Black People Have Convinced Black People That We Are Not Outdoorsy

Does Race Determine Our Interests?

baby at the beach
I don’t seem too thrilled

One of the first things I remember learning about the outdoors is that black people don’t do them.  Black people don’t go outside, and go off into…the wilderness?  No, sir.  We don’t do the outdoors.  We don’t do extreme sports.  We don’t get in the water.  We don’t not season our food.  There were just things we did not do.  Where did I learn this?  Family, friends, TV, books, magazines, your aunt, your cousin…it was so ingrained in my mind, ingrained in black culture.  I don’t even really know where I first happened upon these proclamations.

As a kid, I remember always feeling like I was on the outside of that “we”.  Because, hell, I had hopes and dreams that included doing all of those things!  I was (and still am) a tomboy that loved playing in the woods with the boys.  I loved jumping from high places because the adrenaline rush excited me.  Am I not black?  Am I a special kind of black?  No one else in my immediate family was really into the outdoors or adventure sports like I was.  So where did I get this lust from?

ancient rocks
Exploring ancient limestone rocks at Castle Hill in New Zealand

Over the years, I was told by many of my black friends, “that I liked to do white people sh*t”.  This is one of the reasons that I began traveling solo – it was hard to find anyone that wanted to do the things I wanted to do.

skydive Glenorchy
Skydiving over the Southern Alps

 

They were referring to my desires to go camping, skiing, skydiving, hiking, cliff jumping, etc.  Don’t get me wrong, it doooes appear to be more common for white people to engage in some pretty “out there” pursuits that seemingly no other ethnicity would dare pursue…(that’s a stereotype)

But that’s not what we’re talking about here.  White people have long been onto something about the outdoors that black and brown people need to get up on.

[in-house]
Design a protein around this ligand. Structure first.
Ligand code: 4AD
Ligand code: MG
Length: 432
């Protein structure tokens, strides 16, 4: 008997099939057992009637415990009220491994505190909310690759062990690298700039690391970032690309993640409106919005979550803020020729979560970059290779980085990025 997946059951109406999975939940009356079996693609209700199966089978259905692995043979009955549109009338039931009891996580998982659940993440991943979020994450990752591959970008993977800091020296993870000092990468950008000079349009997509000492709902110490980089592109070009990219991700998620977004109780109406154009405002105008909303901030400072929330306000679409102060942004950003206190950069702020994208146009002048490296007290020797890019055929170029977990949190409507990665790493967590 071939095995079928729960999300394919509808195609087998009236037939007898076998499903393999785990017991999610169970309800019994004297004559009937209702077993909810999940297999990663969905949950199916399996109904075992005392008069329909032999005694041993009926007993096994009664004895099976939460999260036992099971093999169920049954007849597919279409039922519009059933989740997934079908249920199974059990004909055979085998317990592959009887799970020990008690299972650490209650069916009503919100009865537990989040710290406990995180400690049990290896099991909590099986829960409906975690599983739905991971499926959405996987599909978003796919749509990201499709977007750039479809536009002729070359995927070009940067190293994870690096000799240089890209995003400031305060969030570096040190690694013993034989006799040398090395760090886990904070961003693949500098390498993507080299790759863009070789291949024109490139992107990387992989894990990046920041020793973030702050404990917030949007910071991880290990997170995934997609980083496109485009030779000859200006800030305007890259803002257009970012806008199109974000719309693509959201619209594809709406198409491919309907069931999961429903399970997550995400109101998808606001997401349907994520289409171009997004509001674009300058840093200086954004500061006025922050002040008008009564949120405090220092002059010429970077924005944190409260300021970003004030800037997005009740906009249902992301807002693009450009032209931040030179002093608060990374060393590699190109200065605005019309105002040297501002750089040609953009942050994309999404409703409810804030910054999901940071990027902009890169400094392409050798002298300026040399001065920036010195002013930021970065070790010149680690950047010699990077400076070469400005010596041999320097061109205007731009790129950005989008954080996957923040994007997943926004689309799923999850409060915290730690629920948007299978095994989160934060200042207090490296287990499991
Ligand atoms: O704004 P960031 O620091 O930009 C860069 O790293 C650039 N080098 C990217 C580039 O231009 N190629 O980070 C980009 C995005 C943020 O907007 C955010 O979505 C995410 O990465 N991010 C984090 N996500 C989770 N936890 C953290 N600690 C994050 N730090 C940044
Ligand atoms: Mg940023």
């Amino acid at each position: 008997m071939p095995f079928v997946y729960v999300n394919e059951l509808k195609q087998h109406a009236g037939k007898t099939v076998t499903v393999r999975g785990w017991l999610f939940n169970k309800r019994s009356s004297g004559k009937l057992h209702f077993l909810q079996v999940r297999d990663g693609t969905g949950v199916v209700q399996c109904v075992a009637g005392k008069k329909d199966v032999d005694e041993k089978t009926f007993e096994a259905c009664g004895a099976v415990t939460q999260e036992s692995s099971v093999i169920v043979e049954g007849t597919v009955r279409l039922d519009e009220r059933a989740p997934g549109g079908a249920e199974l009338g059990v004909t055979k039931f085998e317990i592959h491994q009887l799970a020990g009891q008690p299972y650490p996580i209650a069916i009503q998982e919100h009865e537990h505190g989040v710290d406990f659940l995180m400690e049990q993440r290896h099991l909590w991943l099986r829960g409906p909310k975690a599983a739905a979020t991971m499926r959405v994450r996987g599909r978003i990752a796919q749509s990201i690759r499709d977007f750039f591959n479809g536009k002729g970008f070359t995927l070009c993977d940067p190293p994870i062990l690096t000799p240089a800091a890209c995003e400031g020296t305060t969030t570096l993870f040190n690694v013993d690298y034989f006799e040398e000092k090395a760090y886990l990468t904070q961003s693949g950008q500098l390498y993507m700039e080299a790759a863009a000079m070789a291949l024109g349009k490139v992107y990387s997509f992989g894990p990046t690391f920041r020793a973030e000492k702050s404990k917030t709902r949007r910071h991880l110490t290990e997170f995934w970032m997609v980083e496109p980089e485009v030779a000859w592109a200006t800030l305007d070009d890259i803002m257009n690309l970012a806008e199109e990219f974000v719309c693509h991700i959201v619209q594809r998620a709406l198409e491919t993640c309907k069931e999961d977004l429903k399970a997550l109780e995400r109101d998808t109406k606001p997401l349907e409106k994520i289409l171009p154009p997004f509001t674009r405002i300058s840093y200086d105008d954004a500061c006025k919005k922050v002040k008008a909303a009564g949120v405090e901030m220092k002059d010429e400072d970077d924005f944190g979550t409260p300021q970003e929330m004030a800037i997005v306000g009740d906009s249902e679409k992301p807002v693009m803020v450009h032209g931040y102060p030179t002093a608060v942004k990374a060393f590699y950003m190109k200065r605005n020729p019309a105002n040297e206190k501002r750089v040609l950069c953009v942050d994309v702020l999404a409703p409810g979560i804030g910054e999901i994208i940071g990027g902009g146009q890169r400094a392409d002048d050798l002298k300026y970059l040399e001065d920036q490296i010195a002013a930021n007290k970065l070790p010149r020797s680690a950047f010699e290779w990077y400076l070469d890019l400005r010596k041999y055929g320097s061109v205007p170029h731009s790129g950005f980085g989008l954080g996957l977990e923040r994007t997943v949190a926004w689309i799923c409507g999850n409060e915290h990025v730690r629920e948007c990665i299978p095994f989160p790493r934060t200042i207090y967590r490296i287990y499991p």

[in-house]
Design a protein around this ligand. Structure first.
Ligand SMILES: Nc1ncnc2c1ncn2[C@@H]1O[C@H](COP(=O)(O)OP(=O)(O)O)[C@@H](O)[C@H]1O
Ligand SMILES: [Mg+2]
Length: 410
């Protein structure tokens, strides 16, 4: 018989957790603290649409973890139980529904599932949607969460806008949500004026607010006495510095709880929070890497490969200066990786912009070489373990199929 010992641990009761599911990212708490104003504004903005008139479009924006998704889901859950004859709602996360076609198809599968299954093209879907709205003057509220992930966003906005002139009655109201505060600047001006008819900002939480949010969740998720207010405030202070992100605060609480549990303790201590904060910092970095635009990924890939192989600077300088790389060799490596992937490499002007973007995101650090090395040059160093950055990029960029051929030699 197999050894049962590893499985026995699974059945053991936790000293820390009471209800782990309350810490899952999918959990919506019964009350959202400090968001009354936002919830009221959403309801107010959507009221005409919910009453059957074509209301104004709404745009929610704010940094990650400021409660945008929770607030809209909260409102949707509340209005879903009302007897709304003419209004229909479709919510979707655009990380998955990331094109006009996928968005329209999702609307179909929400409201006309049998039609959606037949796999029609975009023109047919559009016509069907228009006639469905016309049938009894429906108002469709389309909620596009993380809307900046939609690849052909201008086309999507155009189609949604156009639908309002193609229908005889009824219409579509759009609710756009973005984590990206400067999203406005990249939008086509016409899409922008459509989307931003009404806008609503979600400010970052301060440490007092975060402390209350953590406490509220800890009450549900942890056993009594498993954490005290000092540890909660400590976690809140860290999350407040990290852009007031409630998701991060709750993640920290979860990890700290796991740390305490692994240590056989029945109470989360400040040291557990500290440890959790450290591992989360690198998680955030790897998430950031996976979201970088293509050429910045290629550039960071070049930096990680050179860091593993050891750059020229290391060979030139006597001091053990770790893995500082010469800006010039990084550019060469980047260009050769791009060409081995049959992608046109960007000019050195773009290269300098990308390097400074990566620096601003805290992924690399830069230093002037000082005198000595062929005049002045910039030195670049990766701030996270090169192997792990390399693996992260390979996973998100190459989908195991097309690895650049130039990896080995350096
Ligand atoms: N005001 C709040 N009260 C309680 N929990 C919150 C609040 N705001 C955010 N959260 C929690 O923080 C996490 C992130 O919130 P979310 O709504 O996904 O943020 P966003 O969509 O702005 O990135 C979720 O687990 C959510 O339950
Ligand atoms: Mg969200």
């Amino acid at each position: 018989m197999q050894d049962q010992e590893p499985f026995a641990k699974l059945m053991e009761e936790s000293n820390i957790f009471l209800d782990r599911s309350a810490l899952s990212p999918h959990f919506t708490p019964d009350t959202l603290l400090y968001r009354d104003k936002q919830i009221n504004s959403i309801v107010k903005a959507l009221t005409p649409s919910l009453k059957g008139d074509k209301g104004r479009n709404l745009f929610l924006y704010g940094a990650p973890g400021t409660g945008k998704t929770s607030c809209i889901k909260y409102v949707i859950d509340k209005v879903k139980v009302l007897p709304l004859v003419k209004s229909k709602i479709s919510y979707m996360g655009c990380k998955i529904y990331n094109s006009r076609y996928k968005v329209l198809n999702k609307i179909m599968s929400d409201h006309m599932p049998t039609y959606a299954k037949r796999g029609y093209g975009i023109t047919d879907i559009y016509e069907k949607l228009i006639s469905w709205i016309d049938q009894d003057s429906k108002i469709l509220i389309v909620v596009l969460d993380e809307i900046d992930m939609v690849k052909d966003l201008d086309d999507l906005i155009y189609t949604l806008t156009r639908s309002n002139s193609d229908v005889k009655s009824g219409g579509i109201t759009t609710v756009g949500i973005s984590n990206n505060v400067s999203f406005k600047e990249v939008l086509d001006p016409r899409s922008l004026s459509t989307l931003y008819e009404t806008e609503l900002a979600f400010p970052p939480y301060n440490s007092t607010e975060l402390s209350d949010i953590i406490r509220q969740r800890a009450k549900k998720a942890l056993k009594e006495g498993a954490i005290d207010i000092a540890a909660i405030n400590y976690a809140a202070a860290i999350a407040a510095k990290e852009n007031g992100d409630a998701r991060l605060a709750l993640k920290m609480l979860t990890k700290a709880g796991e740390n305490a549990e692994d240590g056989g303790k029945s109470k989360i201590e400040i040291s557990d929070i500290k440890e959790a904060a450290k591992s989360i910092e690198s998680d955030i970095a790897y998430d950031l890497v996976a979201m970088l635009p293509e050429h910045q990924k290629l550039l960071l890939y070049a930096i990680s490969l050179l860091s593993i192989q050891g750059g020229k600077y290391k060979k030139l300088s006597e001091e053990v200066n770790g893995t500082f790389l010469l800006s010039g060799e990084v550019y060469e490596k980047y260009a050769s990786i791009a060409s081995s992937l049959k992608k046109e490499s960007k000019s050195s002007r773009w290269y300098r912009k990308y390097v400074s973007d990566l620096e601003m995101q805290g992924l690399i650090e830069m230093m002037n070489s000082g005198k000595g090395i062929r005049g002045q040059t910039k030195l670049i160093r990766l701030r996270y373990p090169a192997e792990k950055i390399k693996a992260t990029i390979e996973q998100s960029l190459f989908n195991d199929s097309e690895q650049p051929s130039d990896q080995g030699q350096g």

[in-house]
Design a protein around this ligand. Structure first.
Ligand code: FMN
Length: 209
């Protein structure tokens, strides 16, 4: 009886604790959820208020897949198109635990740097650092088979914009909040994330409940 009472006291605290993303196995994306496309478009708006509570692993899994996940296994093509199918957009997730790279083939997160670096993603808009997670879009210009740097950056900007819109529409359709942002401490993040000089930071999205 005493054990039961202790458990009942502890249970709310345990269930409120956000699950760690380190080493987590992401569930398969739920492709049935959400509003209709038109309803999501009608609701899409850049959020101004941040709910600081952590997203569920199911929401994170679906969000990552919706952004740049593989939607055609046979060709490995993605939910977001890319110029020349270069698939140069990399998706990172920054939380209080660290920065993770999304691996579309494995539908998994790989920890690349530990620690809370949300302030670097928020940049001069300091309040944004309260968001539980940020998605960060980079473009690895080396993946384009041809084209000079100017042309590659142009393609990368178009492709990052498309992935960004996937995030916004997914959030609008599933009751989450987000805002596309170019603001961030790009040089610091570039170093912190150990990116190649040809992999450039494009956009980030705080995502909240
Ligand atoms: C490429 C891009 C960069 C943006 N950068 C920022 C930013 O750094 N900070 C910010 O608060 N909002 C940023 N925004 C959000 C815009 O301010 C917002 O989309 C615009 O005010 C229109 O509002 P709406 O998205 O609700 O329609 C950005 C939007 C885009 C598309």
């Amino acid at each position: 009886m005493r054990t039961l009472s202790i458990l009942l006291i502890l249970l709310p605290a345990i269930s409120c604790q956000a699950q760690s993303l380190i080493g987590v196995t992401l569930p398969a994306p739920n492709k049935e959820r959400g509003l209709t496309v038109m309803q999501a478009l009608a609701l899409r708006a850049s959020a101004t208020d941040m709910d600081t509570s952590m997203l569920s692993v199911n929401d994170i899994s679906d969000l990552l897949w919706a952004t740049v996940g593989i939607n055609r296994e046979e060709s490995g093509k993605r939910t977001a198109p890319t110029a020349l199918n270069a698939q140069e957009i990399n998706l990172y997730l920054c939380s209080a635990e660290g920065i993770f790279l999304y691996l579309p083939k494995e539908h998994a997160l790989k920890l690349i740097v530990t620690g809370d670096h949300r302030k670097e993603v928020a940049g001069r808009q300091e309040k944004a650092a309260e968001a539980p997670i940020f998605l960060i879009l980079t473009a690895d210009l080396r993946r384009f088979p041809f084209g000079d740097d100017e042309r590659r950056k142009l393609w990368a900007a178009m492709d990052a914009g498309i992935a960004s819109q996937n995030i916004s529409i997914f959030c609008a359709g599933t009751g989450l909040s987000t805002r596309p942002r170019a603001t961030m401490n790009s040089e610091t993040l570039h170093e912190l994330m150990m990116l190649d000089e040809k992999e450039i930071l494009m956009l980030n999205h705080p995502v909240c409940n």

I know what you’re thinking, Black People: it’s more than just a saying or some random belief that we created. 

For one, it’s rooted deep in our history – the ugly, hateful, and terrifying history of slavery and civil rights in the United States (in addition to similar injustices around the world).  Black people don’t go into the woods because bad things happen to black people in the woods.  The immediate imagery many black people get when they think of rural areas and the wilderness is, drumroll please: being lynched.  It’s not a mental picture of waterfalls, gorgeous mountains, connecting with the Earth, and finding yourself.  It’s not cozy camp fires.  It’s burning crosses.

This may sound extreme to some of you but it is the harsh reality of the kind of fear some black people have of the outdoors.  It used to be, and unfortunately still is in some rare cases, a very realistic fear.  But for the most part, today it’s an irrational fear that’s holding black people back from experiencing some of the best things life has to offer.  I had a black male friend tell me that he doesn’t “explore outside the city lines.”  That’s crazy!  We shouldn’t just hand ownership of the outdoors over to other groups of people.  No one “owns” the wilderness and that is its beauty.  There is something phenomenal beyond the woods.

camping by the river
Perfect campsite in British Columbia, Canada

Another factor affecting this belief simply stems from the economic inability to partake in many of these activities.  I’ve got to say, as simple as it sounds to lay in a tent at the foot of a mountain in front of a river, it is not a poor man’s activity.  These kinds of recreational endeavors are quite expensive.  The equipment needed for them are costly.  The fees, the permits, the TIME…these things were historically out of reach for the black community either because there was a lack of financial resources, a lack of access, or both.  And it’s a problem that systemically still remains today. 

Some black people don’t swim because they don’t know how to swim.  Maybe they don’t know how because their grandparents were denied access to a community pool.  Or, there was no community pool.  So their grandparents never swam, which, for the sake of brevity, led to their parents never learning how to swim either.  And so on.

Thankfully, my parents put my brother and I in swimming lessons when we were young so I don’t fear the water.  I respect it.  The above picture with my mom says that I was a little skeptical in the beginning as a baby.  I wonder if I already knew then that “black people didn’t swim”.  

Snorkel gear
Snorkeling in the Cayman Islands